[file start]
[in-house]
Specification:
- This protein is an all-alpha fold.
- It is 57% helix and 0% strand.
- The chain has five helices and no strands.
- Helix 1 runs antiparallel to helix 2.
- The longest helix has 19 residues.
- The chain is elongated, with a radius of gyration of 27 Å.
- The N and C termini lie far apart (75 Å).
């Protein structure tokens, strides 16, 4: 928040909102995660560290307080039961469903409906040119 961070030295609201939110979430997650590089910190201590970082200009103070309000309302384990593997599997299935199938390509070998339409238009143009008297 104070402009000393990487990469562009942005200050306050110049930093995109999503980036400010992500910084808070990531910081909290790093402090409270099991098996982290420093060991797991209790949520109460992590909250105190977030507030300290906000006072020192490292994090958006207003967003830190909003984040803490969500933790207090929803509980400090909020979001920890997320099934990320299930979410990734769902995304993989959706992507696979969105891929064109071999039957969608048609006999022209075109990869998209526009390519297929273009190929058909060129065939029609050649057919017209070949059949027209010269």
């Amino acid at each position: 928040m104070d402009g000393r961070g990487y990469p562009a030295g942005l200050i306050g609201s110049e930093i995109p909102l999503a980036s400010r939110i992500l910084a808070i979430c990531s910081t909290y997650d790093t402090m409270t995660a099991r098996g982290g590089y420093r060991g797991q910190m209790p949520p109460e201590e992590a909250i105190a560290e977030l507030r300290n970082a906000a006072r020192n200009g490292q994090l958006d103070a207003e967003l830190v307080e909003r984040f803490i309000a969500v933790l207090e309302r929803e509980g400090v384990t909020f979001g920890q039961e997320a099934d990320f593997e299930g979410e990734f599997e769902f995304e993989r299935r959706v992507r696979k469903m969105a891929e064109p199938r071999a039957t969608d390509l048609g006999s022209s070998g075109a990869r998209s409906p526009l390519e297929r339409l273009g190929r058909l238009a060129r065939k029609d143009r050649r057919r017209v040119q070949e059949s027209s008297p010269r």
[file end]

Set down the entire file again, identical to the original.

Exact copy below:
[in-house]
Specification:
- This protein is an all-alpha fold.
- It is 57% helix and 0% strand.
- The chain has five helices and no strands.
- Helix 1 runs antiparallel to helix 2.
- The longest helix has 19 residues.
- The chain is elongated, with a radius of gyration of 27 Å.
- The N and C termini lie far apart (75 Å).
């Protein structure tokens, strides 16, 4: 928040909102995660560290307080039961469903409906040119 961070030295609201939110979430997650590089910190201590970082200009103070309000309302384990593997599997299935199938390509070998339409238009143009008297 104070402009000393990487990469562009942005200050306050110049930093995109999503980036400010992500910084808070990531910081909290790093402090409270099991098996982290420093060991797991209790949520109460992590909250105190977030507030300290906000006072020192490292994090958006207003967003830190909003984040803490969500933790207090929803509980400090909020979001920890997320099934990320299930979410990734769902995304993989959706992507696979969105891929064109071999039957969608048609006999022209075109990869998209526009390519297929273009190929058909060129065939029609050649057919017209070949059949027209010269």
């Amino acid at each position: 928040m104070d402009g000393r961070g990487y990469p562009a030295g942005l200050i306050g609201s110049e930093i995109p909102l999503a980036s400010r939110i992500l910084a808070i979430c990531s910081t909290y997650d790093t402090m409270t995660a099991r098996g982290g590089y420093r060991g797991q910190m209790p949520p109460e201590e992590a909250i105190a560290e977030l507030r300290n970082a906000a006072r020192n200009g490292q994090l958006d103070a207003e967003l830190v307080e909003r984040f803490i309000a969500v933790l207090e309302r929803e509980g400090v384990t909020f979001g920890q039961e997320a099934d990320f593997e299930g979410e990734f599997e769902f995304e993989r299935r959706v992507r696979k469903m969105a891929e064109p199938r071999a039957t969608d390509l048609g006999s022209s070998g075109a990869r998209s409906p526009l390519e297929r339409l273009g190929r058909l238009a060129r065939k029609d143009r050649r057919r017209v040119q070949e059949s027209s008297p010269r």